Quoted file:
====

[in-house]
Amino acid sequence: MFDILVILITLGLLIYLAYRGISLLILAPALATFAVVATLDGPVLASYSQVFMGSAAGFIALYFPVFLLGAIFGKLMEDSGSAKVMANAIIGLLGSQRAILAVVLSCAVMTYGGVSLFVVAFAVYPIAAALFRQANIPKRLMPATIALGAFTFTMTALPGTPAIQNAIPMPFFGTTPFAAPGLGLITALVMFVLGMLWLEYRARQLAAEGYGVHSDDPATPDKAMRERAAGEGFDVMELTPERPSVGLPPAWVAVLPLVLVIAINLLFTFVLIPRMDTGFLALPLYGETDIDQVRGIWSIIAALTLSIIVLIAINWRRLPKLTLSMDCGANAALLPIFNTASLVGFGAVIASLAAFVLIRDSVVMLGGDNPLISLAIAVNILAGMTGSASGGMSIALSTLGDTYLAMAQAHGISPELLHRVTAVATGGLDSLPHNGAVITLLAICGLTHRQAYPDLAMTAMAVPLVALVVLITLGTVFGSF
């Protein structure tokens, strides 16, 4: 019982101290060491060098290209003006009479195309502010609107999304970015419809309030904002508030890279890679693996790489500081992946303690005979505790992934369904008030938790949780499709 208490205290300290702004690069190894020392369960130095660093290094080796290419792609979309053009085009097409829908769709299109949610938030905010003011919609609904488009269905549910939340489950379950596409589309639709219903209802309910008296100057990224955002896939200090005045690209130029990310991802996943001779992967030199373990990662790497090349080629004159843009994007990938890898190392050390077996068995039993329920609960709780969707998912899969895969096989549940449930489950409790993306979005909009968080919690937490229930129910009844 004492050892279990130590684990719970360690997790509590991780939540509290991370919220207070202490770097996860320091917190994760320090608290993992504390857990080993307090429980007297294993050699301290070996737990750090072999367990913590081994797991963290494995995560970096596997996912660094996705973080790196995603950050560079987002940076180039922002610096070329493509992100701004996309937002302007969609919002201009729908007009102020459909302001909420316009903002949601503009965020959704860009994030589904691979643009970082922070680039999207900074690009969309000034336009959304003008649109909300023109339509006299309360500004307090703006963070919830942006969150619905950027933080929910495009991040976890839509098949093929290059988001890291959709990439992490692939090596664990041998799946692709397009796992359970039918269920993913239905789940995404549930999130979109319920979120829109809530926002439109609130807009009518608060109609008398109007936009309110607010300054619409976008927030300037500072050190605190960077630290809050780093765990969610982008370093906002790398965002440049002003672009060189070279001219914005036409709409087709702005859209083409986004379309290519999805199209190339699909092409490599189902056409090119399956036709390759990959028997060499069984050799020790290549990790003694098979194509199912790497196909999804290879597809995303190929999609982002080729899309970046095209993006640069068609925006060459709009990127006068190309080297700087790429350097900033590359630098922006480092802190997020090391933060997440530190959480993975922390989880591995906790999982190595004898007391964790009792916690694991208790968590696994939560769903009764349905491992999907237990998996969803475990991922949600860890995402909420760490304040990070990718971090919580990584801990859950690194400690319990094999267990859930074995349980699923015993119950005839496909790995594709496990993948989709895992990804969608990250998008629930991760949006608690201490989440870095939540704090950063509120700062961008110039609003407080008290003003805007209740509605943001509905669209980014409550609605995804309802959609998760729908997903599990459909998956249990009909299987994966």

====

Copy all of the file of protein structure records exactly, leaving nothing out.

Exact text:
[in-house]
Amino acid sequence: MFDILVILITLGLLIYLAYRGISLLILAPALATFAVVATLDGPVLASYSQVFMGSAAGFIALYFPVFLLGAIFGKLMEDSGSAKVMANAIIGLLGSQRAILAVVLSCAVMTYGGVSLFVVAFAVYPIAAALFRQANIPKRLMPATIALGAFTFTMTALPGTPAIQNAIPMPFFGTTPFAAPGLGLITALVMFVLGMLWLEYRARQLAAEGYGVHSDDPATPDKAMRERAAGEGFDVMELTPERPSVGLPPAWVAVLPLVLVIAINLLFTFVLIPRMDTGFLALPLYGETDIDQVRGIWSIIAALTLSIIVLIAINWRRLPKLTLSMDCGANAALLPIFNTASLVGFGAVIASLAAFVLIRDSVVMLGGDNPLISLAIAVNILAGMTGSASGGMSIALSTLGDTYLAMAQAHGISPELLHRVTAVATGGLDSLPHNGAVITLLAICGLTHRQAYPDLAMTAMAVPLVALVVLITLGTVFGSF
């Protein structure tokens, strides 16, 4: 019982101290060491060098290209003006009479195309502010609107999304970015419809309030904002508030890279890679693996790489500081992946303690005979505790992934369904008030938790949780499709 208490205290300290702004690069190894020392369960130095660093290094080796290419792609979309053009085009097409829908769709299109949610938030905010003011919609609904488009269905549910939340489950379950596409589309639709219903209802309910008296100057990224955002896939200090005045690209130029990310991802996943001779992967030199373990990662790497090349080629004159843009994007990938890898190392050390077996068995039993329920609960709780969707998912899969895969096989549940449930489950409790993306979005909009968080919690937490229930129910009844 004492050892279990130590684990719970360690997790509590991780939540509290991370919220207070202490770097996860320091917190994760320090608290993992504390857990080993307090429980007297294993050699301290070996737990750090072999367990913590081994797991963290494995995560970096596997996912660094996705973080790196995603950050560079987002940076180039922002610096070329493509992100701004996309937002302007969609919002201009729908007009102020459909302001909420316009903002949601503009965020959704860009994030589904691979643009970082922070680039999207900074690009969309000034336009959304003008649109909300023109339509006299309360500004307090703006963070919830942006969150619905950027933080929910495009991040976890839509098949093929290059988001890291959709990439992490692939090596664990041998799946692709397009796992359970039918269920993913239905789940995404549930999130979109319920979120829109809530926002439109609130807009009518608060109609008398109007936009309110607010300054619409976008927030300037500072050190605190960077630290809050780093765990969610982008370093906002790398965002440049002003672009060189070279001219914005036409709409087709702005859209083409986004379309290519999805199209190339699909092409490599189902056409090119399956036709390759990959028997060499069984050799020790290549990790003694098979194509199912790497196909999804290879597809995303190929999609982002080729899309970046095209993006640069068609925006060459709009990127006068190309080297700087790429350097900033590359630098922006480092802190997020090391933060997440530190959480993975922390989880591995906790999982190595004898007391964790009792916690694991208790968590696994939560769903009764349905491992999907237990998996969803475990991922949600860890995402909420760490304040990070990718971090919580990584801990859950690194400690319990094999267990859930074995349980699923015993119950005839496909790995594709496990993948989709895992990804969608990250998008629930991760949006608690201490989440870095939540704090950063509120700062961008110039609003407080008290003003805007209740509605943001509905669209980014409550609605995804309802959609998760729908997903599990459909998956249990009909299987994966």